When people related to a movie get talking about it there appears to be a general lack of sincerity. After all, we have been ears to talks like ‘If the previous movie in our combination was 10%, this movie is going to be 100%.’, ‘This movie is going to be like a festival feast for everyone. They will take back something or the other from this movie.’ No wonder these proclamations didn’t match up to the end product and the movies ended up biting the dust.

After such scarring experiences when the hero of the movie, Ram, says that the movie has an everyday feel to it, you take it with a pinch of salt. Once you see the movie, you would probably agree with him.

***

Though Ram has had three blockbusters, he is yet to have a pathbreaking performance. Devdas ran on oomph and music. Ready ran because of Brahmanandam and Kandireega was more of a Sonu Sood hit than anyone else. Though not pathbreaking, Ram has come close. One can call it career altering. Once he makes his entry in the film, he is pretty much there in every frame of the movie.

Keerthi Suresh, the debutant, performs with elan and shows us what a gifted performer she is. She has two sequences in either half where she bares her heart -one with joy and another with sorrow- and she lights up the screen with her performances in those scenes. Once in a while it feels good to see a director showing the heroine as a performer too and not just having her to show cleavage, midriff etc. There are no snide remarks about her appearance too. It has been a long time that a heroine isn’t made fun of or made to expose a lot in the movie. With the acting talent at her disposal, one just hopes that she isn’t lost to the Telugu Film Industry.

***

Kishore Tirumala, the director of the movie was praised unequivocally by Ram. He said the director made most complex sequences simple. He was speaking the truth. He makes everyone understand what he is trying to convey. Without putting down marriage, he conveys the difference between arranged marriage and love marriage in the opening sequence very easily.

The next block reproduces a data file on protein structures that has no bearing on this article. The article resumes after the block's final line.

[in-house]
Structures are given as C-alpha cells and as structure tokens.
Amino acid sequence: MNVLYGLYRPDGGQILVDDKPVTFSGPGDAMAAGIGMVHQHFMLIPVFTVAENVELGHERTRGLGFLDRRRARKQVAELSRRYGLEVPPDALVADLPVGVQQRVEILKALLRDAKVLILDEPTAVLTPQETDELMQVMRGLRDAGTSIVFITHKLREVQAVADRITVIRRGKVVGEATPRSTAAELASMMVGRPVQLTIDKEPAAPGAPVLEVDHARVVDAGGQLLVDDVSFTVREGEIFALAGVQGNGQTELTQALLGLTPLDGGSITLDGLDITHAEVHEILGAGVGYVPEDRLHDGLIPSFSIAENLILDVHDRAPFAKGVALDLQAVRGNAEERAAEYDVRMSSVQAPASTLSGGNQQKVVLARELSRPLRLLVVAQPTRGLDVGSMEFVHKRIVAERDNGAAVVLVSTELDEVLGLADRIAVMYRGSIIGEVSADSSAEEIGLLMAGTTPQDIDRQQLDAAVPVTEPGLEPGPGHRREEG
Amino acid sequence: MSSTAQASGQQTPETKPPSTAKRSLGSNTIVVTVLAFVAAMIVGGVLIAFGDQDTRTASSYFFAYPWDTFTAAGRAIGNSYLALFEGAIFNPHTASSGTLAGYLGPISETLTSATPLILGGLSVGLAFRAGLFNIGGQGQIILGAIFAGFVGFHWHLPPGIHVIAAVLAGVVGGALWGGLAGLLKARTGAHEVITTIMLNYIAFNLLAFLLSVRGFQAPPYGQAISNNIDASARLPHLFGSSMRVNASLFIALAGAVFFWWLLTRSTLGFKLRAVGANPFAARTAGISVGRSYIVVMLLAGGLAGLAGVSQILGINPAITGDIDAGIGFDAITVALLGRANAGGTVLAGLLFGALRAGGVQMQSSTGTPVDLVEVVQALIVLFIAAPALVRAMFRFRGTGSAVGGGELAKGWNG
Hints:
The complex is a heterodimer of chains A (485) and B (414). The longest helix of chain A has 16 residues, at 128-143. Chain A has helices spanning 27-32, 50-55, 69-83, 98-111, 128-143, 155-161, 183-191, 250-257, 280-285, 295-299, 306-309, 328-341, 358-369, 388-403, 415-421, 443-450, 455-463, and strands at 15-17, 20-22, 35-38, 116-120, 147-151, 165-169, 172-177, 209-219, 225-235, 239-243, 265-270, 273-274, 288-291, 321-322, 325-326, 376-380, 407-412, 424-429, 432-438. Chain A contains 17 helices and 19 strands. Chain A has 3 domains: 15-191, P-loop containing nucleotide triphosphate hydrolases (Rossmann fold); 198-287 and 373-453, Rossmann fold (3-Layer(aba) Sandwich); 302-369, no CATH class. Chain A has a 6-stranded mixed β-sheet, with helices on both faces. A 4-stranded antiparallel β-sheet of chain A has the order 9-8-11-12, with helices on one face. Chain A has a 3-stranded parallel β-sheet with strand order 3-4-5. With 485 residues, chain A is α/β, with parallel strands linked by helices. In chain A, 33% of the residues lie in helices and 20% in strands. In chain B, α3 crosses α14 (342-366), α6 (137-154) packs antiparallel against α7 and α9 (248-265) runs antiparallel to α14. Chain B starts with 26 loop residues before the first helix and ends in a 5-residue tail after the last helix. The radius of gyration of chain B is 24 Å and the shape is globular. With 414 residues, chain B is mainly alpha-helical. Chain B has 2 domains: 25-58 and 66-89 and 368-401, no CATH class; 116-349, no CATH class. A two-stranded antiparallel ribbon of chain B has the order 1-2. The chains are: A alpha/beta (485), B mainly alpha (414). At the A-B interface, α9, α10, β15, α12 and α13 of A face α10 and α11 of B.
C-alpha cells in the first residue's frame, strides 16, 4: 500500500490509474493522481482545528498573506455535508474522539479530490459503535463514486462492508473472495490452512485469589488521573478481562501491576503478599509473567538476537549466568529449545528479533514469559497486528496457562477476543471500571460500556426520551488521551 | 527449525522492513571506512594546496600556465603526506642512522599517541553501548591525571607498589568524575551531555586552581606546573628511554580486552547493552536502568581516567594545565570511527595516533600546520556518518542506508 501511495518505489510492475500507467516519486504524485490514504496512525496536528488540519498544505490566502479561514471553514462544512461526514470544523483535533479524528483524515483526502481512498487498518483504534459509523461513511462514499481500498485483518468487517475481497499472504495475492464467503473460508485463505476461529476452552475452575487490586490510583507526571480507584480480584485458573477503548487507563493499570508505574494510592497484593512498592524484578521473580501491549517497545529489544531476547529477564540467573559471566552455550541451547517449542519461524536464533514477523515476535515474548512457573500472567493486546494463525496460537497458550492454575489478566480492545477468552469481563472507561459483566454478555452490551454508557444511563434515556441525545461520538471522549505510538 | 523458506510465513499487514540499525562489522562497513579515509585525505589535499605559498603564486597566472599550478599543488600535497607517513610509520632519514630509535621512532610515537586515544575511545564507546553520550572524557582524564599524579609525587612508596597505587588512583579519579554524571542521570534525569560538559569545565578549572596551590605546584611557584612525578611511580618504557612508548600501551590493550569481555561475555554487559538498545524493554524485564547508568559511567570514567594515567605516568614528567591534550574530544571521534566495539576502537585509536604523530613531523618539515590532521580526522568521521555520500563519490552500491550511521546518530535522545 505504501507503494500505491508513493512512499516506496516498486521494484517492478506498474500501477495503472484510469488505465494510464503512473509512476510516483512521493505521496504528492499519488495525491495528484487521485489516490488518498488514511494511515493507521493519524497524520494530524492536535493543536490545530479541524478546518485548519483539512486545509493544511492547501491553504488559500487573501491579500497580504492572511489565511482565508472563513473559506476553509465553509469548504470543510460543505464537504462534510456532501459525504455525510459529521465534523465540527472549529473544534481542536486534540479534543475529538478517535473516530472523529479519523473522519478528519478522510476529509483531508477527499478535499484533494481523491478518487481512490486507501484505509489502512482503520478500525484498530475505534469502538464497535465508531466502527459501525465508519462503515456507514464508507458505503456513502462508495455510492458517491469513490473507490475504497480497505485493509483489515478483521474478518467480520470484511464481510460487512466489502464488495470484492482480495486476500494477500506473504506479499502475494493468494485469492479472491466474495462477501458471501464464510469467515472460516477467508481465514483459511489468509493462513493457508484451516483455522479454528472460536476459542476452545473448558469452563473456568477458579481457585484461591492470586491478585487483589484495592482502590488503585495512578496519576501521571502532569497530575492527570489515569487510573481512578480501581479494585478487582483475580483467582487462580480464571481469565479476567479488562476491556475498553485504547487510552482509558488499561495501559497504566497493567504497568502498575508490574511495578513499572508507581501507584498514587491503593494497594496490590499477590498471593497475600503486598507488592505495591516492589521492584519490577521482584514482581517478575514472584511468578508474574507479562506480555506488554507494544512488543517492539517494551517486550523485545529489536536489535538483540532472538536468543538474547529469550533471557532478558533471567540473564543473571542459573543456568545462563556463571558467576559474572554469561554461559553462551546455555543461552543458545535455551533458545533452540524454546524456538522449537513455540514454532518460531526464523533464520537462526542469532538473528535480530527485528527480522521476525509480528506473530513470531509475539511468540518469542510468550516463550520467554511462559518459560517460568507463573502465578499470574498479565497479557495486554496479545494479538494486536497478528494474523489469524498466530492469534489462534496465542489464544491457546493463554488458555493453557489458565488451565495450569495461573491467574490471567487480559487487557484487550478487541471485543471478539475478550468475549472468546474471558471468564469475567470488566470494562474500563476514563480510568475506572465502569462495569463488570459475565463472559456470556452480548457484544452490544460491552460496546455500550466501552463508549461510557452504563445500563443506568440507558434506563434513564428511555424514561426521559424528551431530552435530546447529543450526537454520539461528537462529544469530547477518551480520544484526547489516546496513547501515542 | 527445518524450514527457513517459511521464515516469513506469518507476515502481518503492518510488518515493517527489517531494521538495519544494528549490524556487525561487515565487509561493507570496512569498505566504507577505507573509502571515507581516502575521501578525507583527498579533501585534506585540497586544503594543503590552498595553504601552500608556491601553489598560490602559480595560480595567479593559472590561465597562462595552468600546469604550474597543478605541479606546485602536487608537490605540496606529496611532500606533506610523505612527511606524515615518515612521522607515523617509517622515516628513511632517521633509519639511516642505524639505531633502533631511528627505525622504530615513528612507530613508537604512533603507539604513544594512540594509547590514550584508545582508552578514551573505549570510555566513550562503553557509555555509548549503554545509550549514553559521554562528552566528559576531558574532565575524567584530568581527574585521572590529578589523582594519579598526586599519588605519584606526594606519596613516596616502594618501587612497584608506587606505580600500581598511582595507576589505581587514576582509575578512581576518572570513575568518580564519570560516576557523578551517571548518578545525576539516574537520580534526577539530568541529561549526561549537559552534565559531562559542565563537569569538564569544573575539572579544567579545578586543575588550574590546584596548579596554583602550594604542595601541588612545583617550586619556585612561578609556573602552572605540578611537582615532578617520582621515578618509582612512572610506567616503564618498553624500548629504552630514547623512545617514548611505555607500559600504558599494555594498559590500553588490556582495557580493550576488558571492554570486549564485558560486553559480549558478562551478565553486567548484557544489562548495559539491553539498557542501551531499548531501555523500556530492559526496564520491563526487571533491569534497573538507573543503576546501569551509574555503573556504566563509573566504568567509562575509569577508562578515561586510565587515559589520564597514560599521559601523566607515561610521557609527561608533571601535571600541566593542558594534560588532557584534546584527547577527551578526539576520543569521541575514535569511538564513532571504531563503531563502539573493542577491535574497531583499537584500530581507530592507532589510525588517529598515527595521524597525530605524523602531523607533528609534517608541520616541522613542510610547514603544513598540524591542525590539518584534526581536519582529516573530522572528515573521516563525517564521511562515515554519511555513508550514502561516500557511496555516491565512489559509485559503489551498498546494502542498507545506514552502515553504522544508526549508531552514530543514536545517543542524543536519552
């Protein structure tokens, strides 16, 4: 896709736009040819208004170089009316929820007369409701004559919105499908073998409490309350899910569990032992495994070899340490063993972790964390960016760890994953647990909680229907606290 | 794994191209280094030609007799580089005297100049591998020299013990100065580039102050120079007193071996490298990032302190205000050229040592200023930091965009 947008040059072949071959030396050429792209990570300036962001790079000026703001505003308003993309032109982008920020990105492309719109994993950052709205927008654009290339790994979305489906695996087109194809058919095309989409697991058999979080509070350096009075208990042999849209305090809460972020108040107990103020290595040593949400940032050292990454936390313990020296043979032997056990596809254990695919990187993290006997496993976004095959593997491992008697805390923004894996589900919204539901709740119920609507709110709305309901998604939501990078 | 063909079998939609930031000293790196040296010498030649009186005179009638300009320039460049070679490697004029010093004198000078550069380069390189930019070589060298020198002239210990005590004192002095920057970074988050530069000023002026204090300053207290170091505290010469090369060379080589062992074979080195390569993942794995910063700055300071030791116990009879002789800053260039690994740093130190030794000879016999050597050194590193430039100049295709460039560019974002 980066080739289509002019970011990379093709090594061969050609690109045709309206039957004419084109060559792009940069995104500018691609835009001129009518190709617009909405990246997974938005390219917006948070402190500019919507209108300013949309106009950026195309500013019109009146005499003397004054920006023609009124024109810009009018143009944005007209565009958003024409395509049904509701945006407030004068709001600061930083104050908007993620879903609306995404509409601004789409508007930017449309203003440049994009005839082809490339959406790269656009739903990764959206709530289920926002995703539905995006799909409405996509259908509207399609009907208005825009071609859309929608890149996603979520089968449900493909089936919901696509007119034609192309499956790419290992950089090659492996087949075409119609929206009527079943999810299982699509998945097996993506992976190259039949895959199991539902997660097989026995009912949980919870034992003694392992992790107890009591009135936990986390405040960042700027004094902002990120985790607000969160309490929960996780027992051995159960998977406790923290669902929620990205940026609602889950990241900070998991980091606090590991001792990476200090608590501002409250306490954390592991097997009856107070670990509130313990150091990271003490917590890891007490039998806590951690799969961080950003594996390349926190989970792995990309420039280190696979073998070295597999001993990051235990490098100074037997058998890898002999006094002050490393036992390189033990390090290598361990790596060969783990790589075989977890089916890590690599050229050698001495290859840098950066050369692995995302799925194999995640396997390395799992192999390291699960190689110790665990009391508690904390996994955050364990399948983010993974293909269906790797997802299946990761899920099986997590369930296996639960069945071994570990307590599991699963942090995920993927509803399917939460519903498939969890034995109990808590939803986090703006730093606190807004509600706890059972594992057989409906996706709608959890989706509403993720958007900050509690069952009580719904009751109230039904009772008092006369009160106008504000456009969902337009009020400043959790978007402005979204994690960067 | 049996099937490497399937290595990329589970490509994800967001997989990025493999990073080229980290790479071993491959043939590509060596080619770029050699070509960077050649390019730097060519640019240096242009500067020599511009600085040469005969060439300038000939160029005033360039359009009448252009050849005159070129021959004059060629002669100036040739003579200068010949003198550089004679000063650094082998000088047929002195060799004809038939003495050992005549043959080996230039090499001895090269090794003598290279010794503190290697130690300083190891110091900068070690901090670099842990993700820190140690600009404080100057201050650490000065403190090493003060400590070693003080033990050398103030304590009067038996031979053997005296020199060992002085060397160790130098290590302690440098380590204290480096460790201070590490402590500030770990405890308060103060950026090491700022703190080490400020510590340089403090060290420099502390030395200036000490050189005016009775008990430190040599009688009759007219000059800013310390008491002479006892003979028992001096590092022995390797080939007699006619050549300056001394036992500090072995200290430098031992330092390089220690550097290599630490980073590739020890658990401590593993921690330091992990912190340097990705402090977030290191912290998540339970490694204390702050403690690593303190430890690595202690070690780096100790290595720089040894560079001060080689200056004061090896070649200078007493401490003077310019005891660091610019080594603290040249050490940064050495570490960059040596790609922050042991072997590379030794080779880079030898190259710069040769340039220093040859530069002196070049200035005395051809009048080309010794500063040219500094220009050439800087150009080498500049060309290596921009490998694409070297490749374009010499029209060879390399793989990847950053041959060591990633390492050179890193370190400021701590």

His ability as a writer shines through in the movie, especially when Keerthi Suresh in in the frame. As complex as her character is, the director unravels it with beautifully written sequences. One wonders how the movie would’ve been received if they went ahead with the working title of ‘Hari Katha’. Probably they would’ve had a lot of explaining to do. That said, the naming of the movie is a masterstroke. If it was his decision, people have to doff their hats to him.

The locations that he chose for the movie are simple and reveals the taste of the director. He shot it in simple locations like Vizag, Goa and Araku. Though these locations are often seen in many movies, the cinematographer makes us see them in a new light.

***

The movie has three people who have acted as heroes – Ram, Prince and Chaitanya Krishna. The screen time that they get is directly proportional to their fluctuating fortunes. It looks like Ram will get himself out of the rut that he had gotten into with this movie. It becomes doubly important to follow this movie up with a good character.

The banner of his uncle has helped him through tough times. Perhaps it’s not a coincidence that ‘Nuvve Nuvve’ was produced by the same banner too.

***

Verdict – A good movie that has equal doses of entertainment and sentiment. Ram and Keerthi Suresh deliver in their respective roles. As much a director’s movie as it is of the actors’

Image courtesy – idlebrain.com